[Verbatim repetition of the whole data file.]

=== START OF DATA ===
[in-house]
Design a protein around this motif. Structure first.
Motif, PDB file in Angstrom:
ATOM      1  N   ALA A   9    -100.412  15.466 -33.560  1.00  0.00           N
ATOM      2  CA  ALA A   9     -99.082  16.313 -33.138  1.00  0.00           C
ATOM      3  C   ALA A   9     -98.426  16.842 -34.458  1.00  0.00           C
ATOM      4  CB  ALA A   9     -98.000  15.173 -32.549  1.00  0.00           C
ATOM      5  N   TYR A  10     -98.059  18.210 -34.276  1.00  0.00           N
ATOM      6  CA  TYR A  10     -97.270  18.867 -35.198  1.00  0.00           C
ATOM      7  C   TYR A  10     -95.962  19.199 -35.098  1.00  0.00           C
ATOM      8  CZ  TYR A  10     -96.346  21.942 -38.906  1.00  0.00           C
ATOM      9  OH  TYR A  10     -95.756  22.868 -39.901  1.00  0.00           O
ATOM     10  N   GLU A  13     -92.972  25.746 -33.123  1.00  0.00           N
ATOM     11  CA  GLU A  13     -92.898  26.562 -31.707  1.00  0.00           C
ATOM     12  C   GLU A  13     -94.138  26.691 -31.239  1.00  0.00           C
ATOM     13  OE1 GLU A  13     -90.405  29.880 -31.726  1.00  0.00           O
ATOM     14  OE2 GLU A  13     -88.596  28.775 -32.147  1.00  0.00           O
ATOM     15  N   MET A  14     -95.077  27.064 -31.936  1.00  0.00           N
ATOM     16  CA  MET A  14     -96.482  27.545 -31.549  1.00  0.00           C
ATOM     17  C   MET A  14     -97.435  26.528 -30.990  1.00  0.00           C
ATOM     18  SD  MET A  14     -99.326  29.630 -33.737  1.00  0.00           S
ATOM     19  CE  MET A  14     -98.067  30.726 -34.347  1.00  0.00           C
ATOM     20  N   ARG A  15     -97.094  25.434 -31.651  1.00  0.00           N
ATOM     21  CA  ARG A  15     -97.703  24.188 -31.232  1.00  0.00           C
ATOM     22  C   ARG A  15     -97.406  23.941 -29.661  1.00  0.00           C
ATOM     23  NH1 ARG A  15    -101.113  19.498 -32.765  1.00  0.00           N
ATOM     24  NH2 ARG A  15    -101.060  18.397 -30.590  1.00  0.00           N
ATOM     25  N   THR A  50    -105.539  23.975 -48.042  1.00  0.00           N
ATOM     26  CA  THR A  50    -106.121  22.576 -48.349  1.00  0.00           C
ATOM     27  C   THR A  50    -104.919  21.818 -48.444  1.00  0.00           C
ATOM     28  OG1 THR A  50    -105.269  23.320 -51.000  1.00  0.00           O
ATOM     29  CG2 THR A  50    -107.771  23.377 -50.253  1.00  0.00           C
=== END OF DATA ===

[in-house]
Design a protein around this motif. Structure first.
Motif, PDB file in Angstrom:
ATOM      1  N   ALA A   9    -100.412  15.466 -33.560  1.00  0.00           N
ATOM      2  CA  ALA A   9     -99.082  16.313 -33.138  1.00  0.00           C
ATOM      3  C   ALA A   9     -98.426  16.842 -34.458  1.00  0.00           C
ATOM      4  CB  ALA A   9     -98.000  15.173 -32.549  1.00  0.00           C
ATOM      5  N   TYR A  10     -98.059  18.210 -34.276  1.00  0.00           N
ATOM      6  CA  TYR A  10     -97.270  18.867 -35.198  1.00  0.00           C
ATOM      7  C   TYR A  10     -95.962  19.199 -35.098  1.00  0.00           C
ATOM      8  CZ  TYR A  10     -96.346  21.942 -38.906  1.00  0.00           C
ATOM      9  OH  TYR A  10     -95.756  22.868 -39.901  1.00  0.00           O
ATOM     10  N   GLU A  13     -92.972  25.746 -33.123  1.00  0.00           N
ATOM     11  CA  GLU A  13     -92.898  26.562 -31.707  1.00  0.00           C
ATOM     12  C   GLU A  13     -94.138  26.691 -31.239  1.00  0.00           C
ATOM     13  OE1 GLU A  13     -90.405  29.880 -31.726  1.00  0.00           O
ATOM     14  OE2 GLU A  13     -88.596  28.775 -32.147  1.00  0.00           O
ATOM     15  N   MET A  14     -95.077  27.064 -31.936  1.00  0.00           N
ATOM     16  CA  MET A  14     -96.482  27.545 -31.549  1.00  0.00           C
ATOM     17  C   MET A  14     -97.435  26.528 -30.990  1.00  0.00           C
ATOM     18  SD  MET A  14     -99.326  29.630 -33.737  1.00  0.00           S
ATOM     19  CE  MET A  14     -98.067  30.726 -34.347  1.00  0.00           C
ATOM     20  N   ARG A  15     -97.094  25.434 -31.651  1.00  0.00           N
ATOM     21  CA  ARG A  15     -97.703  24.188 -31.232  1.00  0.00           C
ATOM     22  C   ARG A  15     -97.406  23.941 -29.661  1.00  0.00           C
ATOM     23  NH1 ARG A  15    -101.113  19.498 -32.765  1.00  0.00           N
ATOM     24  NH2 ARG A  15    -101.060  18.397 -30.590  1.00  0.00           N
ATOM     25  N   THR A  50    -105.539  23.975 -48.042  1.00  0.00           N
ATOM     26  CA  THR A  50    -106.121  22.576 -48.349  1.00  0.00           C
ATOM     27  C   THR A  50    -104.919  21.818 -48.444  1.00  0.00           C
ATOM     28  OG1 THR A  50    -105.269  23.320 -51.000  1.00  0.00           O
ATOM     29  CG2 THR A  50    -107.771  23.377 -50.253  1.00  0.00           C